TV Review: Netflix’s Girlboss sees a caustic hustler-turned-throwaway-fashion success story

Girlboss is a series that may leave viewers feeling conflicted. While it’s great to see an underdog making good and pursuing her passion it’s also hard to root for a lead character who is so inherently unlikeable. This Netflix series is ultimately like a fun ball of fairy floss, it’s pleasant enough at first bite; but it’s also a little bit throwaway and lightweight.

The program is written and directed by Kay Cannon (30 Rock) and produced by Charlize Theron. The story itself is – by its own admission – a real loose retelling of true events. This program is essentially a biopic that tells the story of Nasty Gal founder, Sophia Amoruso and is based on Amoruso’s best-selling book of the same name.

Britt Robertson (Tomorrowland) stars as Sophia, a girl who turns up late to her job and spends the entire day stealing lunches, surfing the net and making personal calls. Sounds charming. It is only natural that she gets fired. While unemployed, she hits upon the idea of “flipping” clothes just as some people do with property i.e. to buy discounted stock and then sell it on for profit.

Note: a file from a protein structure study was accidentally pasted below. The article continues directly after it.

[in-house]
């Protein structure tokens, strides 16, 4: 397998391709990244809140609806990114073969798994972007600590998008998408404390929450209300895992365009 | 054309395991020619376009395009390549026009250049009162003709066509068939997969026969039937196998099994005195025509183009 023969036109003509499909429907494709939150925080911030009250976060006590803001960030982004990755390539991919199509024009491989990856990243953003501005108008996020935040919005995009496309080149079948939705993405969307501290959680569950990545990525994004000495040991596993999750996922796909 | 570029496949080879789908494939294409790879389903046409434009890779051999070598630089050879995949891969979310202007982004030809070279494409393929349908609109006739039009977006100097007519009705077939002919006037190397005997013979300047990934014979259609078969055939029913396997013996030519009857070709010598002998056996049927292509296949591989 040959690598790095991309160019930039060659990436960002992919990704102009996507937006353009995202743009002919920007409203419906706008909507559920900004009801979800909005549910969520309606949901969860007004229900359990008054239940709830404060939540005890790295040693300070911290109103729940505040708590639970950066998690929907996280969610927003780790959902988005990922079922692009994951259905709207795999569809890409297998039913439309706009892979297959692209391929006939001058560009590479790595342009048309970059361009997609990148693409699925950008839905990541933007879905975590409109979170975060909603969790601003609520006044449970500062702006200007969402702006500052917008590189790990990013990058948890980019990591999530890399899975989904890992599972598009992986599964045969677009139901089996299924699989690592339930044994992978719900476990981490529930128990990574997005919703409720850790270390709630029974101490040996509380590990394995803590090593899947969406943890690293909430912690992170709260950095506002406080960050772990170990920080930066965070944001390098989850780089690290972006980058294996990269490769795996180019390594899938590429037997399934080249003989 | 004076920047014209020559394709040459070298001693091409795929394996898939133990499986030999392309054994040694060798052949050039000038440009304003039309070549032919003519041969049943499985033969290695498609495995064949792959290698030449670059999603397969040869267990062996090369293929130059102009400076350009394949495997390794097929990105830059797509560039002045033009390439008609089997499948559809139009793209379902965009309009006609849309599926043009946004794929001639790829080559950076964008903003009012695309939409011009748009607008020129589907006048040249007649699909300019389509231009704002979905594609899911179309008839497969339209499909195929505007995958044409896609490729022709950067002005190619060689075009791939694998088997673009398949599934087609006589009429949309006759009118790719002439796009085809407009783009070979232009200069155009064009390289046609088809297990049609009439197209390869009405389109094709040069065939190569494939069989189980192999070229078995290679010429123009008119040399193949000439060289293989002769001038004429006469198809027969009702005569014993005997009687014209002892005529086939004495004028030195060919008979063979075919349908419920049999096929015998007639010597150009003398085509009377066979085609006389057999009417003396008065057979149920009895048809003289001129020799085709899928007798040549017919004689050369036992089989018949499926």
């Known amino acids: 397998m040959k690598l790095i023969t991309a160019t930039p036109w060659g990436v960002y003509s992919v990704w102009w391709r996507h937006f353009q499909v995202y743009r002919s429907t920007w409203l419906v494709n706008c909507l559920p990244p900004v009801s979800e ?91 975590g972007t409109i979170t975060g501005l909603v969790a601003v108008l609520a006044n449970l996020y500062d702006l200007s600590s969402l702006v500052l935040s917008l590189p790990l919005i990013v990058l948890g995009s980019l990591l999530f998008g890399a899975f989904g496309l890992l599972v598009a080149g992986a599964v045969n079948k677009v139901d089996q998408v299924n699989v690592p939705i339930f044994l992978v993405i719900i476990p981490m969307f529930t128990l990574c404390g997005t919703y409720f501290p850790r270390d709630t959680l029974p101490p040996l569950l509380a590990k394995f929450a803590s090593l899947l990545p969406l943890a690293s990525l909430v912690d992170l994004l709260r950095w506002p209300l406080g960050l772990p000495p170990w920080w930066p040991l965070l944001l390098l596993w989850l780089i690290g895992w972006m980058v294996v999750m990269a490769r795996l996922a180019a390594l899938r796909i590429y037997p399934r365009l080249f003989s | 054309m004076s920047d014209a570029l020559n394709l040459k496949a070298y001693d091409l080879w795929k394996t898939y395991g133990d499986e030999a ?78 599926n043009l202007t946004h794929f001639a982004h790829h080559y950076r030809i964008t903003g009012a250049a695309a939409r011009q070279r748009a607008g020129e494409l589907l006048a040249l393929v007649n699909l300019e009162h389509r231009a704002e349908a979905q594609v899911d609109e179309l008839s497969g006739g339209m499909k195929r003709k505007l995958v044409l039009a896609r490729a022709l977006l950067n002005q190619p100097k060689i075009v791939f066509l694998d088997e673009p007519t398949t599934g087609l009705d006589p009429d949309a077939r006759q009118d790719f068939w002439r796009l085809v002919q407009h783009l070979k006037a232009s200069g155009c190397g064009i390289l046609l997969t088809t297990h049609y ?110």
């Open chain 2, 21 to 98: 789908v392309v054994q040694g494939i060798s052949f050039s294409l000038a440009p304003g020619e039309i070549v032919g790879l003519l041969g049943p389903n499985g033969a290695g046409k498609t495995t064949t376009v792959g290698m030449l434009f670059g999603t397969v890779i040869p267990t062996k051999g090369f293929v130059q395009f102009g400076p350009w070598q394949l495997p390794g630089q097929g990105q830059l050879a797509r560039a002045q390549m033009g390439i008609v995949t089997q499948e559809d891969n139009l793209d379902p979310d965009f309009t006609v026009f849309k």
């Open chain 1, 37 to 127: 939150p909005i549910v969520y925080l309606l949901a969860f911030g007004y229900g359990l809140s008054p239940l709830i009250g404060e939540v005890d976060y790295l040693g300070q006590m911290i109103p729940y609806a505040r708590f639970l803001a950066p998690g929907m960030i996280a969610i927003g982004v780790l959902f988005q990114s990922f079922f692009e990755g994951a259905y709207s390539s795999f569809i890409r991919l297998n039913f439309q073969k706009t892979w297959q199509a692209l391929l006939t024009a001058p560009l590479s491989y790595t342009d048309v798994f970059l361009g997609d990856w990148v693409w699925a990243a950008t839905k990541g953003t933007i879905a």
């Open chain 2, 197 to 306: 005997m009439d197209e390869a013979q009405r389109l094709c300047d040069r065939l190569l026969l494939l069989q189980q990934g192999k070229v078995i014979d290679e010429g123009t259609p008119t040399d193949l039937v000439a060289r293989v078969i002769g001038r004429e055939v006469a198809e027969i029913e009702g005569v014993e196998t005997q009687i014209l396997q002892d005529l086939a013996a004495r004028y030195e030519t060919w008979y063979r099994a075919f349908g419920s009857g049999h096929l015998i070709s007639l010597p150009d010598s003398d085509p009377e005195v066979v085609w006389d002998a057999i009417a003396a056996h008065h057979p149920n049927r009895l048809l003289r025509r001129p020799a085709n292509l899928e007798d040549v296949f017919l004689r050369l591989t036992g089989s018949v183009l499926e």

It is commendable to see a series starring and telling the story of a woman but it’s also hard to instantly fall in love with the idea because Sophia’s character can be quite repugnant and cartoonish. At best, Sophia’s character will appeal to our naughtier sides because who wouldn’t want to do what they love for a living and at the same time stick it to the metaphorical “Man?” It sure looks like fun but Sophia is certainly not someone you would want to hang around with.

In real life, Amoruso would rise up and become the CEO of this self-made empire but the dream didn’t last long because the company eventually went into receivership. There were also reports of some alleged incidents that are morally questionable like stolen designs and the firings of some pregnant women. It is unclear from these first few episodes whether these elements will be depicted in this show or whether the series will be pure hagiography.

At its most basic level Girlboss includes some great pieces of retro fashion making it one for fans of Sex & The City and Girls. It also boasts a soundtrack that’s great and is reminiscent of virtually any MTV program. There are also some good performances from Ellie Reed (2 Broke Girls) and Johnny Simmons. But the show makes the whole enterprise look so easy and Amoruso is so lucky that it virtually glamorises her success and foray into the fashion world and this may not necessarily be true.

Girlboss is an unapologetic series about a strong young woman that contains some funny and bitchin’ one-liners. The result is something that seems pleasant and kooky enough but it’s also lacking in emotional punch and drama. Girlboss is a series with some great potential but the first three episodes have some room for improvement because if there is little change then this light comedy series could fall prey to being a victim of the very fashion world it inhibits.

Review Score: THREE STARS (OUT OF FIVE)

Girlboss will premiere on Friday, April 21st exclusively in all Netflix territories.